When the VIP cinema opened up down the street from us recently, my wife and I went on opening night to see what was what. Putting the horrendously bad movie aside (see my The Lucky One review), our first experience as VIP's was, as a whole, not so good.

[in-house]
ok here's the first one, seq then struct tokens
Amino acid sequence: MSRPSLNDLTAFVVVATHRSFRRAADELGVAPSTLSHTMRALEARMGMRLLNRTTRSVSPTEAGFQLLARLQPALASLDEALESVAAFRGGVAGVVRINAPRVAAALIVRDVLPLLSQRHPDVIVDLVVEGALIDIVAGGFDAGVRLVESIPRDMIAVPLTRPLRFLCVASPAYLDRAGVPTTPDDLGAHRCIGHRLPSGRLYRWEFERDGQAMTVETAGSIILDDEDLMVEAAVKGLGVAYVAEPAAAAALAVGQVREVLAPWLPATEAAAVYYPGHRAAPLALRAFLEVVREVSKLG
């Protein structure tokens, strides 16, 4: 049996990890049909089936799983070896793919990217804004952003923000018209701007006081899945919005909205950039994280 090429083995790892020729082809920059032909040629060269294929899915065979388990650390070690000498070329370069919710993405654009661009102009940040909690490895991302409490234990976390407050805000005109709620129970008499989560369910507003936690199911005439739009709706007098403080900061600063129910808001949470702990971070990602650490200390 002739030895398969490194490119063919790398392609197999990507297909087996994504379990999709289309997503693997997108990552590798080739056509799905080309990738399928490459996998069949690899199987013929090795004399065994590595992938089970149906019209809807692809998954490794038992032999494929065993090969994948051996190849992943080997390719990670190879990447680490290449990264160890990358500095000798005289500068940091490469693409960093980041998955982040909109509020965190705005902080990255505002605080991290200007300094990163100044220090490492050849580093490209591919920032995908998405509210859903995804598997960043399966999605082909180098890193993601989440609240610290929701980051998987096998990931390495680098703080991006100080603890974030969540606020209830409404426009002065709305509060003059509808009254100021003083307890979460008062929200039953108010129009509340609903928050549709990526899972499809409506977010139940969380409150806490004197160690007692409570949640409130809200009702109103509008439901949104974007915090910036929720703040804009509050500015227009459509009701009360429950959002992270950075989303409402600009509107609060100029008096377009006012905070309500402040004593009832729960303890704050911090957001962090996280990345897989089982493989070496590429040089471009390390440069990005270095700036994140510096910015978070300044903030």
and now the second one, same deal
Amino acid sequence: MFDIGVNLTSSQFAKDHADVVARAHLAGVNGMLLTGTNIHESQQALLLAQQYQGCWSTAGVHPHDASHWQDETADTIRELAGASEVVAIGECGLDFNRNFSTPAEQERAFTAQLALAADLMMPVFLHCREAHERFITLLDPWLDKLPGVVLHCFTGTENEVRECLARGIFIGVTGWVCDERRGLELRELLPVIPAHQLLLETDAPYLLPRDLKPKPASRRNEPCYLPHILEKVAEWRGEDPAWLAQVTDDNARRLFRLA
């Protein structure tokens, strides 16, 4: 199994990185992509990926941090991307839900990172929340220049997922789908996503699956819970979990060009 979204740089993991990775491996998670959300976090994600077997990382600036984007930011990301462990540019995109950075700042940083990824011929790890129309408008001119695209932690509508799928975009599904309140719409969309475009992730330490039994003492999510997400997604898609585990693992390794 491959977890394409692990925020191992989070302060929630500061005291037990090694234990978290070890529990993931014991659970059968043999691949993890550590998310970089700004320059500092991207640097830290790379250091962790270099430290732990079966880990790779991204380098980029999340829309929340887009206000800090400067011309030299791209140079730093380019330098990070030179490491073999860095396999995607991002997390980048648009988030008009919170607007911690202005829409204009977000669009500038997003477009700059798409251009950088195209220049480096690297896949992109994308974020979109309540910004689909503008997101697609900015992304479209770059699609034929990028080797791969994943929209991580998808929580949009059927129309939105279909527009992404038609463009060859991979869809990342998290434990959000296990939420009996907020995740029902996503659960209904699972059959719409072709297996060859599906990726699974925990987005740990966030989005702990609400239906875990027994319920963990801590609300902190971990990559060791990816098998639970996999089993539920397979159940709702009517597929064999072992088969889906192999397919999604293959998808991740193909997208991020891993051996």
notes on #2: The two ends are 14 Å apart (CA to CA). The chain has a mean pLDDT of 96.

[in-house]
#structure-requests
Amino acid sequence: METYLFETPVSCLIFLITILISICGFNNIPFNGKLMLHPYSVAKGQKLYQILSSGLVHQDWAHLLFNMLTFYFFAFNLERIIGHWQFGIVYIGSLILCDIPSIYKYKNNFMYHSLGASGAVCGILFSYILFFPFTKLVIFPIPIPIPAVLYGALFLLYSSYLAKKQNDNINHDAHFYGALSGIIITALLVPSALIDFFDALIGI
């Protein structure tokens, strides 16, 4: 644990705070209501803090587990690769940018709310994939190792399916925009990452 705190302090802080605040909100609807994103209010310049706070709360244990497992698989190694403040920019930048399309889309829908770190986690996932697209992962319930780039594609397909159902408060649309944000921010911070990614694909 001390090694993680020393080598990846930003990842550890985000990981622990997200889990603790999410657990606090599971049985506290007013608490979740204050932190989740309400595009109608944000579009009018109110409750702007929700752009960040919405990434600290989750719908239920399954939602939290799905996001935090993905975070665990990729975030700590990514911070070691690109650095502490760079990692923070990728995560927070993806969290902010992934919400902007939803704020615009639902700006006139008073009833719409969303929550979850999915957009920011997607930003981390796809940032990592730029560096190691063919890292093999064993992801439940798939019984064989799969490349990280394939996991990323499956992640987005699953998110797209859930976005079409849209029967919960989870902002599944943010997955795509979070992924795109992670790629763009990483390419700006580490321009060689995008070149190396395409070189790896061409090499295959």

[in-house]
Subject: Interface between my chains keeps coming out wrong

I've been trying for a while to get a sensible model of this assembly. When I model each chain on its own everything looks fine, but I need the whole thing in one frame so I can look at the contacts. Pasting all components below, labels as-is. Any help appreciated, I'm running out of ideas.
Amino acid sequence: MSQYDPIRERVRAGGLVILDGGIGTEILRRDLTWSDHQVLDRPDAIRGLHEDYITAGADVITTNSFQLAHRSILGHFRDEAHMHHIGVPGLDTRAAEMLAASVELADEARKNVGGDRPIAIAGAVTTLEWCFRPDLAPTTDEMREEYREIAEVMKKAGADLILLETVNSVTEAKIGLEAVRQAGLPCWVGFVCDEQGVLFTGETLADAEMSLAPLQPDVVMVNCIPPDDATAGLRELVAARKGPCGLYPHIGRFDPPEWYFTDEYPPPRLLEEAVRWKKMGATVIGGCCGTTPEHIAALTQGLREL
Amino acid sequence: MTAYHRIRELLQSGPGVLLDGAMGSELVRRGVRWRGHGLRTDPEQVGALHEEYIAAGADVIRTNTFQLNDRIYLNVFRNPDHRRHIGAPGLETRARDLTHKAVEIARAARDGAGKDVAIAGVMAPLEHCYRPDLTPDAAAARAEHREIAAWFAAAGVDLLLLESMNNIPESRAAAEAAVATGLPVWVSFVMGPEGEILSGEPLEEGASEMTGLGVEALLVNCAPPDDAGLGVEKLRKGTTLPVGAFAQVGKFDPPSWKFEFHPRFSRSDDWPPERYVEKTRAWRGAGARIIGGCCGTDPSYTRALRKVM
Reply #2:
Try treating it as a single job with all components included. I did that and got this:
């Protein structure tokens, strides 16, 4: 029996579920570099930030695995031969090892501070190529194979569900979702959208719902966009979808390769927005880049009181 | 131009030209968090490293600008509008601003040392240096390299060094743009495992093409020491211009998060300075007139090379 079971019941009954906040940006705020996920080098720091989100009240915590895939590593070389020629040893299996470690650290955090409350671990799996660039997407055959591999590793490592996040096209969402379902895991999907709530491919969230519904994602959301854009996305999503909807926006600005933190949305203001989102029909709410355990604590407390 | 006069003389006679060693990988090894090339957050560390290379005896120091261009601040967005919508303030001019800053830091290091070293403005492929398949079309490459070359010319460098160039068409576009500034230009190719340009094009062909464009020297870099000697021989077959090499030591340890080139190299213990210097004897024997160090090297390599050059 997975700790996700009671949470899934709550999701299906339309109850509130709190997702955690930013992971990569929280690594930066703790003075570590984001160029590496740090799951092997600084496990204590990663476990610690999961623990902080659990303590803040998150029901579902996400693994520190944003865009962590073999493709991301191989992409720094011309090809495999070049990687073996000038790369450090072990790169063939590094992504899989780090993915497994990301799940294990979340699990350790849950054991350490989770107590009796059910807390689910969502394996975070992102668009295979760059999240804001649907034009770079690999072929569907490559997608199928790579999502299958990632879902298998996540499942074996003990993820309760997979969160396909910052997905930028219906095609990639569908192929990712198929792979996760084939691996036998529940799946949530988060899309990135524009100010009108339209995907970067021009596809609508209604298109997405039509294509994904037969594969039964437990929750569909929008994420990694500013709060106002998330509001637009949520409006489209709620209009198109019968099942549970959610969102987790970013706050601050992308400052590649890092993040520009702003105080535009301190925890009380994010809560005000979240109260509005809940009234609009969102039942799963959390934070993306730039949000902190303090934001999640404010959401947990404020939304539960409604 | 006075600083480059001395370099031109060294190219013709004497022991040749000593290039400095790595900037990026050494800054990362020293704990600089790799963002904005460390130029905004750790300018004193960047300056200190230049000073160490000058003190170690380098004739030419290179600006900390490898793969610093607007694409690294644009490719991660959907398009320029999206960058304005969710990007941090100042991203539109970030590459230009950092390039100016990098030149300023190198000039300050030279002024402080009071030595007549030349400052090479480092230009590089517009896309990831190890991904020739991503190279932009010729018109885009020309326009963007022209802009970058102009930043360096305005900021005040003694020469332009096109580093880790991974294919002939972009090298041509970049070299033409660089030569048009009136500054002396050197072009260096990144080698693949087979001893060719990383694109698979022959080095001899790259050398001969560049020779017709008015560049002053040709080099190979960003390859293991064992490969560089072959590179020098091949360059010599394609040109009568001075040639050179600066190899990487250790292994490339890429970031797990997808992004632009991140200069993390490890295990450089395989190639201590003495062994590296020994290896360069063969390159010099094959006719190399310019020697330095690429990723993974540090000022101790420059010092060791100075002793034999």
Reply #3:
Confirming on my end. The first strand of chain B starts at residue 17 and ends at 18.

When you get into the theatre the first thing that strikes you is how small it is. I understand that more leg room means less seating space, and with only adults allowed in, that cuts down on almost half of the movie going public, but the room is small to begin with. Maybe to replicate the feel of a movie studio private screening room, another attempt at making the customer feel like a big shot. The only problem with that is that a smaller room means a smaller screen and the screen does seem quite small in comparison with the regular rooms. The picture quality is no different, or the sound, as far as I could hear. The seats are only slightly bigger than the regular seats, but the extra leg room is fairly sizeable and might be the best part of the whole deal. If you have trouble sitting in one place for movie's over two hours long, as I do, having room to stretch is pretty essential. Each chair has a table that swings out and a menu behind the seat. The seats themselves are comfy to be sure, but not noticeably more than the seats in the normal rooms in the same theatre. There are, however, at least in the theatre we were in, a row of lazy boy style recliners in the very front, for those who want to lay back and look up. It's a nice option and those seat are noticeably bigger and comfier than the regular ones.